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Forests can slow global warming, but growing evidence suggests they aren’t ‘climate saviors’

| | January 17, 2019

When it comes to fighting global warming, trees have emerged as one of the most popular weapons. With nations making little progress controlling their carbon emissions, many governments and advocates have advanced plans to plant vast numbers of trees to absorb carbon dioxide from the atmosphere in an attempt to slow climate change. But emerging research suggests that trees might not always help as much as some hope.

Forest schemes got a big boost from the 2015 Paris climate accord, which for the first time counted all countries’ efforts to offset their carbon emissions from fossil-fuel use and other sources by planting or protecting forests….California is allowing forest owners to sell credits to CO2-emitting companies, and other US states are considering similar programs, which could motivate projects that establish new forests and protect existing ones….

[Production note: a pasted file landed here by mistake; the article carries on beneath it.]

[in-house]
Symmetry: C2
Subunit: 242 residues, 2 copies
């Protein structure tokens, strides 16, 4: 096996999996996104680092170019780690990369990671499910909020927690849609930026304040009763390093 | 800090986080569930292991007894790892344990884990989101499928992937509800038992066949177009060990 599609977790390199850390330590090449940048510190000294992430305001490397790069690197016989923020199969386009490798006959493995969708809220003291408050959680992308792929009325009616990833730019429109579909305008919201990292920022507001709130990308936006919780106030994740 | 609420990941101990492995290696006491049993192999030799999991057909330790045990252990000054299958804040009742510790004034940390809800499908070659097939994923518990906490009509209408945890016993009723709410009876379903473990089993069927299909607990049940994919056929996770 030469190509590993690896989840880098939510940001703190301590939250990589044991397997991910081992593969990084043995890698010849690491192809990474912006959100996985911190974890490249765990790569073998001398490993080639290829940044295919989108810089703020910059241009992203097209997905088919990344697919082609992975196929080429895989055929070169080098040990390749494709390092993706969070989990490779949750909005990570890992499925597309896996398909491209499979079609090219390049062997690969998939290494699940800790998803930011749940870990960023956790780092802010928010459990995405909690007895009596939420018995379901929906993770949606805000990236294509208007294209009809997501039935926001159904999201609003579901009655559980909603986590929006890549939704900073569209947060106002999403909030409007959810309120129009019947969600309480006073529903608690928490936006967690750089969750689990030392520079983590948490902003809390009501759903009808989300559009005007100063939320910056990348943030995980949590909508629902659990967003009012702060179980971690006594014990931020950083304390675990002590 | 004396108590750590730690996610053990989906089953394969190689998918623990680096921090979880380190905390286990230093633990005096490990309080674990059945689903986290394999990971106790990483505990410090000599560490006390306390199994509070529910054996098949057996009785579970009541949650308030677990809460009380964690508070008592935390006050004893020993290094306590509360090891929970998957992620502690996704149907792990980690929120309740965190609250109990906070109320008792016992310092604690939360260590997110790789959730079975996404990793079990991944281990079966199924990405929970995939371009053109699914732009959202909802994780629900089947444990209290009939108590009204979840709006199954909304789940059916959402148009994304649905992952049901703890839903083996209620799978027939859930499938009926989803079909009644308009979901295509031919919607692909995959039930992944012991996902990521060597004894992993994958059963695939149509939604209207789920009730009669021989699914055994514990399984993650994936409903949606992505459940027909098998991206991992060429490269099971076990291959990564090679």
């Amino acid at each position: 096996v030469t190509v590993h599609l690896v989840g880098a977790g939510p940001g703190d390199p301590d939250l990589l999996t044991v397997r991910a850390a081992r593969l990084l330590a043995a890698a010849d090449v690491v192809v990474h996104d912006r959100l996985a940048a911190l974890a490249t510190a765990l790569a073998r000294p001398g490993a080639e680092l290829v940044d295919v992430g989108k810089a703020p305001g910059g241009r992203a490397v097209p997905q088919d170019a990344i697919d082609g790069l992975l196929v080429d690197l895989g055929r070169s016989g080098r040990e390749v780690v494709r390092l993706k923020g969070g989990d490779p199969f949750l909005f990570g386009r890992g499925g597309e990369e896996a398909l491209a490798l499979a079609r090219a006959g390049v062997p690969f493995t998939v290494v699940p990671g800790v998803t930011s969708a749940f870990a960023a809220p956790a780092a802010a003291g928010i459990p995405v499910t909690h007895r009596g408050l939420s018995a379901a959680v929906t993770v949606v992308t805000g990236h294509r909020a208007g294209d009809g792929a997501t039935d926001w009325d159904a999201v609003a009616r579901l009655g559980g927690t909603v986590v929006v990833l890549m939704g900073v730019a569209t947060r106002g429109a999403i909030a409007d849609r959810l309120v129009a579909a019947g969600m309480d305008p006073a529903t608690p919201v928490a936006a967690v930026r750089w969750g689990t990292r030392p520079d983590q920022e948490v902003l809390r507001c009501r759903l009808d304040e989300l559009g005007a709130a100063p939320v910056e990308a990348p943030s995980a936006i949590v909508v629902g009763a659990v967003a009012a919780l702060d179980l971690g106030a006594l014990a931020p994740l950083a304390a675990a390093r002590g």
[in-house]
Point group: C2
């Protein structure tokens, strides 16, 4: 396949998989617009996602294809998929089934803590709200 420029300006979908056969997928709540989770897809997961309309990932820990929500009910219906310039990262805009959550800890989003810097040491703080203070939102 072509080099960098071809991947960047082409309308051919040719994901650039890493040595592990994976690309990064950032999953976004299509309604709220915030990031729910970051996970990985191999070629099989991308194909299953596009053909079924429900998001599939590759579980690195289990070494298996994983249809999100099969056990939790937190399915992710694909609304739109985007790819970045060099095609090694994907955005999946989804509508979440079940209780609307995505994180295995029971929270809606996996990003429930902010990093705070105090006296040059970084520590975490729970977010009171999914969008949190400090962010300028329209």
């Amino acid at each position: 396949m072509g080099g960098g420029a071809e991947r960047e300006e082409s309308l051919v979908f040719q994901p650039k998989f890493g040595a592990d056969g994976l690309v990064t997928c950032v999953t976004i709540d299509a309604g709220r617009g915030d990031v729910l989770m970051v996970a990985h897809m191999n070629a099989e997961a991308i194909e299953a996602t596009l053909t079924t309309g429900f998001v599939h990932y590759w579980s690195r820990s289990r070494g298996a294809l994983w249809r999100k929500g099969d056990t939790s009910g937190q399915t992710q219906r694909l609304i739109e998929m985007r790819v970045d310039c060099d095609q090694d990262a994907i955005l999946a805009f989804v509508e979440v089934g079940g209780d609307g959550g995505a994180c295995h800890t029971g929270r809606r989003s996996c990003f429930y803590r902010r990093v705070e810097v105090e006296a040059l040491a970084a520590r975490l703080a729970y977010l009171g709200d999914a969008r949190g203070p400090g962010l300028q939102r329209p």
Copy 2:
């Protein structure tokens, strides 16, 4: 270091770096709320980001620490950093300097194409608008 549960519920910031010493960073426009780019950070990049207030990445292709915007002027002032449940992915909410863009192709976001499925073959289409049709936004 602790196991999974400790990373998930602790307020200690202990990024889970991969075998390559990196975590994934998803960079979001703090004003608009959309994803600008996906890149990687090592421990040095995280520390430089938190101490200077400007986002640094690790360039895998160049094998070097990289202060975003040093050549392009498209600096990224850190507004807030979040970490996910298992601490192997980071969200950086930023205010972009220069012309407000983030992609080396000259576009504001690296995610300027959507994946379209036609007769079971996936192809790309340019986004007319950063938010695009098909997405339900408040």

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Many scientists applaud the push for expanding forests, but some urge caution. They argue that forests have many more-complex and uncertain climate impacts than policymakers, environmentalists and even some scientists acknowledge. Although trees cool the globe by taking up carbon through photosynthesis, they also emit a complex potpourri of chemicals, some of which warm the planet.

Such concerns have prompted vigorous debate among scientists about how forests in different regions have warming or cooling effects.

Read full, original article: How much can forests fight climate change?

The GLP aggregated and excerpted this article to reflect the diversity of news, opinion, and analysis. Click the link above to read the full, original article.
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